Post-discharge disease management provided in homes by community pharmacists and family doctors could be a cost-effective alternative for recently-hospitalised elderly patients with chronic heart failure, new data shows.
Published in the International Journal of Cardiology, this is the finding of a recent economic evaluation conducted by Griffith University using data from a randomised controlled trial (The WHICH Study).
In collaboration with the Australian Catholic University, 280 patients with CHF recruited from three public hospitals, received multidisciplinary disease management.
With the aim of reducing mortality and readmissions to hospital, the study compared home-based intervention predominantly applied in the home, delivered by specialist nurses and community-based health professionals (such as family physicians and community pharmacists), versus the clinic-based intervention, delivered by a specialist CHF clinic based in the hospital.
Intervention was provided for up to 18 months with median follow-up of 3.2 years. The groups were compared in terms of total healthcare costs and quality-adjusted life-years (years of life adjusted for their quality).
“A range of methodologies we used have converged on a common conclusion: HBI is likely to be cost-effective if decision makers are willing to pay up to $50,000 per quality-adjusted life year,” says lead study author Dr Shoko Maru from the Menzies Health Institute Queensland.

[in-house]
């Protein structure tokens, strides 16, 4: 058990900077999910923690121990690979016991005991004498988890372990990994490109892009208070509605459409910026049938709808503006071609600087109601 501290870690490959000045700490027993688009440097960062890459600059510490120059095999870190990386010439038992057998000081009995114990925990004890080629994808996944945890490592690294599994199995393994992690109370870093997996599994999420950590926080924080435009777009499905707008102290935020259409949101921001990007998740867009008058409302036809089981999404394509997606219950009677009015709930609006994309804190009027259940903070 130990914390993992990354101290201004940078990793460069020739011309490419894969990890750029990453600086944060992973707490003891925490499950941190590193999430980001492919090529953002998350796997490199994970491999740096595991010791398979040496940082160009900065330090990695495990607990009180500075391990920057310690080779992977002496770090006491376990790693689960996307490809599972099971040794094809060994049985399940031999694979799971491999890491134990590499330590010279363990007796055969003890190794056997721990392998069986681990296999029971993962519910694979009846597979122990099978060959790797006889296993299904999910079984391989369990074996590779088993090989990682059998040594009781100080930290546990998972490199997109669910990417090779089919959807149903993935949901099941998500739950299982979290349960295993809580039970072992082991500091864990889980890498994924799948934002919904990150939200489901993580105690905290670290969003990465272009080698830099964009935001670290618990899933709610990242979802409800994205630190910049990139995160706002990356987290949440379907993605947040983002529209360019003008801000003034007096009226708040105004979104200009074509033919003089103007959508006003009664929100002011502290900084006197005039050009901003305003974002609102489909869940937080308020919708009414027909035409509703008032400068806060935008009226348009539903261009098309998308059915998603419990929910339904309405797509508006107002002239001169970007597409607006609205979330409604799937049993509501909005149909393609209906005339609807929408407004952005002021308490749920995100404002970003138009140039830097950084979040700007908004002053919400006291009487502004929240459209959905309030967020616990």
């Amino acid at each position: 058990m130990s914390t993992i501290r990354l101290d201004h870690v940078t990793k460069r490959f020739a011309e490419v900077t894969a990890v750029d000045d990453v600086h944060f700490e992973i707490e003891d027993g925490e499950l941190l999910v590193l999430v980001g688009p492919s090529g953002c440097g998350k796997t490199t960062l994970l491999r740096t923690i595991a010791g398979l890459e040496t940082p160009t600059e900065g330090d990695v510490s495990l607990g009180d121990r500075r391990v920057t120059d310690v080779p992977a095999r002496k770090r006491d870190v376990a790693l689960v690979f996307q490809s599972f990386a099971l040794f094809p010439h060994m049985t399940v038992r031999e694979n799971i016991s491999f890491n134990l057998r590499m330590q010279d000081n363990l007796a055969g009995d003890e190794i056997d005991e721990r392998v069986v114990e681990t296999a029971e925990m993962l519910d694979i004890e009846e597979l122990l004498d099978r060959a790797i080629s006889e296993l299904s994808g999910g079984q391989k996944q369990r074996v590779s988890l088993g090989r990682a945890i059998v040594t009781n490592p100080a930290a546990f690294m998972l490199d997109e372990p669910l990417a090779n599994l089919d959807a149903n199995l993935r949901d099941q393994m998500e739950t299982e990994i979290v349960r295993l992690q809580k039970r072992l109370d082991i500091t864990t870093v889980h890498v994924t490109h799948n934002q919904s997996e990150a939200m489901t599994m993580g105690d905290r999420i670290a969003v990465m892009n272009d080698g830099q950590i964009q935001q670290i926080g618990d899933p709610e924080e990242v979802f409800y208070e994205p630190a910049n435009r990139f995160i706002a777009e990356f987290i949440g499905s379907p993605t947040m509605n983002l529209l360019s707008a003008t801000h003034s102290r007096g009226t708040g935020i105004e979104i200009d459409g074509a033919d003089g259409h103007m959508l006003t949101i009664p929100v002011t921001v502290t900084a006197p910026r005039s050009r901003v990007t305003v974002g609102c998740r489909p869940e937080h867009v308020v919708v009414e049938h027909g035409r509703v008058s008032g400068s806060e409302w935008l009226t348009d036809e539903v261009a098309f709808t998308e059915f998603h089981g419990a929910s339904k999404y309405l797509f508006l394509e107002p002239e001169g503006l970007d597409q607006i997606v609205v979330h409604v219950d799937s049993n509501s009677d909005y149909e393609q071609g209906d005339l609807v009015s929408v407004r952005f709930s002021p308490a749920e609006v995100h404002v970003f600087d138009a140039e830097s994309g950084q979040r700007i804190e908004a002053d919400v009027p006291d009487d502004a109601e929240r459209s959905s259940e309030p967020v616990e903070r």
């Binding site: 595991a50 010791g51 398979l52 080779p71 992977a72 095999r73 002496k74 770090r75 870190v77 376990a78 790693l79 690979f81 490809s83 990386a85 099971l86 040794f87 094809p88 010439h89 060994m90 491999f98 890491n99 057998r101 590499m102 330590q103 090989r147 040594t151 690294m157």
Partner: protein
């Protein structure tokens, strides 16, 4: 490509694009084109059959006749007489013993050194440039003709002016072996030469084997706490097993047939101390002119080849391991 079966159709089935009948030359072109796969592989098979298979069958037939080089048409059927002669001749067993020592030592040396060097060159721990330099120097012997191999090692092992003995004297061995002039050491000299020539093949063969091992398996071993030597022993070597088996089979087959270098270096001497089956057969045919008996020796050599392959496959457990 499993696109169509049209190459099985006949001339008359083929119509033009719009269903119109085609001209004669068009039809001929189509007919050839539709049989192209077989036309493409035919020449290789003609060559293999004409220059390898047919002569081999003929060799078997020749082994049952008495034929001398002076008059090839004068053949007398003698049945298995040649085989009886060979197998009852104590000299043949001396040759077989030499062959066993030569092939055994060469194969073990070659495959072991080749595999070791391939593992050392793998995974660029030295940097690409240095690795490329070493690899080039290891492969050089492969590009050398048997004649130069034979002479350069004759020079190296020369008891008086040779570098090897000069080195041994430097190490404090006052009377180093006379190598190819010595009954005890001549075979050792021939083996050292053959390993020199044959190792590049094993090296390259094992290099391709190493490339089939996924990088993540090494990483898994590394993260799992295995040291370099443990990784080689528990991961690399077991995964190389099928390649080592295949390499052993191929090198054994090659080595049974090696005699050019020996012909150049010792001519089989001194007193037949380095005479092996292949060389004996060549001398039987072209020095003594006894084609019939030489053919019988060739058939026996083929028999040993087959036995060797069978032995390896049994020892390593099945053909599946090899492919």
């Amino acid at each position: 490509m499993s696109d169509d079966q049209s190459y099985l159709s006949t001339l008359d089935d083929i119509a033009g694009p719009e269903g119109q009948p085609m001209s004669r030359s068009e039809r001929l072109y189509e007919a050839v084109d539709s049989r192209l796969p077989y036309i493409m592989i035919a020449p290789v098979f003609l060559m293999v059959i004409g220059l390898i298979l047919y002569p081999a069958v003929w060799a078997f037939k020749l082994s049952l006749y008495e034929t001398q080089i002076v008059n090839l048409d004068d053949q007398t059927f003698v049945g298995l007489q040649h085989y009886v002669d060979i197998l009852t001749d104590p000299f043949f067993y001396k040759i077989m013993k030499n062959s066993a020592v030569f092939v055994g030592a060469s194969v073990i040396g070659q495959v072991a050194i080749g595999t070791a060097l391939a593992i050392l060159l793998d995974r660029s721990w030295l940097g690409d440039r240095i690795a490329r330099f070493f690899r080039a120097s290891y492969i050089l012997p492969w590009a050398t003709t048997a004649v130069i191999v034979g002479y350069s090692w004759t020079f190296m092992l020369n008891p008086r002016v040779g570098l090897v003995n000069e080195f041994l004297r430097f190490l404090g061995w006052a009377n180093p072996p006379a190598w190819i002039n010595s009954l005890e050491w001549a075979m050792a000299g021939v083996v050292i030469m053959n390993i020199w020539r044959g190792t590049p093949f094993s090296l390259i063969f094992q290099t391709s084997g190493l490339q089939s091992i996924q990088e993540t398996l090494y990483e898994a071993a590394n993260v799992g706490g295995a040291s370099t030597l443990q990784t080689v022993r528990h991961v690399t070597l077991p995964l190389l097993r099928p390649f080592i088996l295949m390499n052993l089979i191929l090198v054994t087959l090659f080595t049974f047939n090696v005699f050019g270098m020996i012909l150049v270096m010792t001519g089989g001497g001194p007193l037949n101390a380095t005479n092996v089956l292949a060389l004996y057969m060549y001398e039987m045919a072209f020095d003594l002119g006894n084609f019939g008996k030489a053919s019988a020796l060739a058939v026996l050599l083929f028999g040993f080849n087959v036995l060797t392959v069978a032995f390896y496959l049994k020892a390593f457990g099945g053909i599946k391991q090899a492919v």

“The net benefit of HBI appeared to be pronounced among the patients with a low level of self-care confidence or with fewer co-existing diseases.
“The longer we live, the more healthcare we consume. Those in the HBI group lived longer, but when re-hospitalised, their hospital stay was shorter, which significantly reduced healthcare costs, an important implication from a public health perspective,” says Dr Maru.
“If improved care reduces mortality while increasing the cost of survival, the cost-effectiveness of such care should be assessed over the long-term as it takes time to see the impact on mortality while the costs are upfront. Yet the duration of most studies is 9 to 12 months.
“What happens thereafter is largely unknown even though this factor can influence cost-effectiveness,” says Dr Maru.
“Our findings inform the long-term cost-effectiveness of intervention intended for a lifelong disease such as CHF.”